Panel peer reviews and approves seven NTP technical reports
By Robin Mackar
A panel of external scientific experts convened by the National Toxicology Program (NTP) peer reviewed and approved the conclusions of seven draft technical reports (http://ntp.niehs.nih.gov/?objectid=152479D1-B06B-5CB3-2D013DB07876F313). The two-year studies outlined in the NTP technical reports covered a broad spectrum of substances ranging from a popular herbal supplement and industrial solvents to HIV treatment approaches. The meeting Feb. 8-9 was webcast and included presentations and comments from the public.
After brief welcoming remarks by NIEHS/NTP Director Linda Birnbaum, Ph.D., and NTP Associate Director John Bucher, Ph.D., and accolades to NTP’s Michelle Hooth, Ph.D., and David Malarkey, D.V.M., Ph.D., for overseeing the reports, the meeting began with a short presentation by Hooth outlining the panel’s charge.
Hooth discussed how NTP technical reports describe the methods, results, and NTP conclusions. She said NTP conclusions are presented as levels of evidence under the specific conditions of each study, and that both the clear and some-evidence conclusions indicate positive responses for carcinogenic activity in the rodent studies. It was the panel’s role to determine whether the study’s experimental design, conduct, and findings support the NTP’s conclusions.
Presentations on Ginkgo and DMPT
June Dunnick, Ph.D., of NTP kicked off the first studies to be reviewed, which were on N,N-Dimethyl-p-toluidine (DMPT), a high-production chemical used in dental materials and bone cements. Dunnick presented data showing that both rats and mice developed tumors after being given DMPT for up to two years. The NTP also found anemia-like symptoms in rats and mice. All three primary reviewers, as well as the panel, concurred with the clear -evidence call made by the NTP.
The second report on Ginkgo biloba extract was presented by NTP’s Cynthia Rider, Ph.D. Ginkgo is among the top five herbal supplements on the market, with an estimated 7.7 million Americans taking it in 2002. Ginkgo extract was given orally to mice and rats for up to 105 weeks. The NTP found an increase in liver cancer in male and female mice, and in cancer of the thyroid gland in male and female rats and male mice.
Written and oral comments from the American Herbal Products Association and from Intertek Cantox were presented to the panel. The comments largely focused on the Ginkgo biloba extract used in the NTP studies, claiming that it was not representative of ginkgo products in the U.S.
With citations in hand, Rider said, “The range of constituents in the ginkgo extract used in our NTP studies is within the ranges found in the U.S. market.” After a brief discussion around this topic, Birnbaum commented on the importance of putting human-use doses into context for people, so they can better understand, appreciate, and use the NTP findings.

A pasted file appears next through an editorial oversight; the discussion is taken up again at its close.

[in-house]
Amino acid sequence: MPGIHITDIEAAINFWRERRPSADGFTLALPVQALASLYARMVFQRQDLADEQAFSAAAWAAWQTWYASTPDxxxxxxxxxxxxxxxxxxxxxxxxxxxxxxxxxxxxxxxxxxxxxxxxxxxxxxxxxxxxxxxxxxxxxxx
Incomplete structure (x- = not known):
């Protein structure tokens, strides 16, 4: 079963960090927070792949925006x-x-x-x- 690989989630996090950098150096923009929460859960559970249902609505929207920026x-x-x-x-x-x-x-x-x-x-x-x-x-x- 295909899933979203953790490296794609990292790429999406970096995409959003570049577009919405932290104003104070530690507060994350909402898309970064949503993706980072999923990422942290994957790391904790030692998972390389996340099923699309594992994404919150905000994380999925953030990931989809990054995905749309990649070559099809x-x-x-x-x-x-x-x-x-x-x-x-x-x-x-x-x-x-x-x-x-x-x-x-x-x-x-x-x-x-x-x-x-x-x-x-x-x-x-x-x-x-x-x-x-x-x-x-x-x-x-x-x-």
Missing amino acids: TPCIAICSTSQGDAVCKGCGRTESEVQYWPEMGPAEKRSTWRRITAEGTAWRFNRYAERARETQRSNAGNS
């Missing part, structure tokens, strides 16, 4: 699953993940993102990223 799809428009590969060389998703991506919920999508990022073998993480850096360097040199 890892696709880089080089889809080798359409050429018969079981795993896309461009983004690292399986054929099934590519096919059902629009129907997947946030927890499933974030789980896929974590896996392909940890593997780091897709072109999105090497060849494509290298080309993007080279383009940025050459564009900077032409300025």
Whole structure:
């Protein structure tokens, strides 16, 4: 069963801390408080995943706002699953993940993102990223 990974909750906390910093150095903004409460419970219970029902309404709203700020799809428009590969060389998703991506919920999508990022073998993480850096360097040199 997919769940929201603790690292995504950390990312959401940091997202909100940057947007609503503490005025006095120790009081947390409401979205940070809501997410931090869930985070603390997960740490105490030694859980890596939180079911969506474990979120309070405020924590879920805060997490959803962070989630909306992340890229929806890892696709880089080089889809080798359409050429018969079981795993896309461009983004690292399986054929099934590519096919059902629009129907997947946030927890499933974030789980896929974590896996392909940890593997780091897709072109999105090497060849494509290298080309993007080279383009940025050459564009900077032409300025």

NTP pathologist Mark Hoenerhoff, D.V.M, Ph.D., also added to the discussion by presenting molecular work conducted by NTP on ginkgo, which begins to unravel the underlying mechanisms for the tumors in the rodent studies. “We really applaud this extra effort by the NTP. It is very helpful in interpreting the data,” said Paul Howard, Ph.D., of the National Center for Toxicological Research (NCTR) at the U.S. Food and Drug Administration. Hoenerhoff’s findings are being submitted to a peer-reviewed journal.
Remaining technical reports approved
After hearing the study overview and conclusions put forward by NTP study scientist Michael Wyde, Ph.D., on beta-picoline, a solvent used to make pharmaceuticals, resins, dyes, rubber accelerators, and insecticides, the panel voted to accept the NTP conclusions as written.
The reviewers also heard presentations on two dermal studies that were conducted by NTP. The panel approved of the studies and conclusions presented by NTP’s Minerva Mercado-Feliciano, Ph.D., on pyrogallol, a byproduct of plant tannins used to make consumer products, such as some hair dyes and photography developers. After hearing the discussion on trimethylolpropane triacrylate from NTP’s In Ok Surh, Ph.D., and a few public comments, the panel recommended minor revisions to the NTP conclusions on this industrial compound. The NTP will consider the input from the panel in finalizing the technical reports.
On the second day of the meeting, the panel also approved the two final reports on AIDS therapeutics. After a brief introduction from Howard, Julian Leakey, Ph.D., also of NCTR, thoughtfully walked the panel through the details of the two reports on 3′-azido-3′-deoxythymidine (AZT) and its combined mixtures with lamivudine or nevirapine. AZT is widely used worldwide, as part of combination drug therapy, to stop mother-to-child transmission of HIV. However, the long-term or lifetime consequences of perinatal exposure to these therapies are unknown. The studies were conducted in genetically modified mice.
(Robin Mackar is the news director in the NIEHS Office of Communications and Public Liaison.)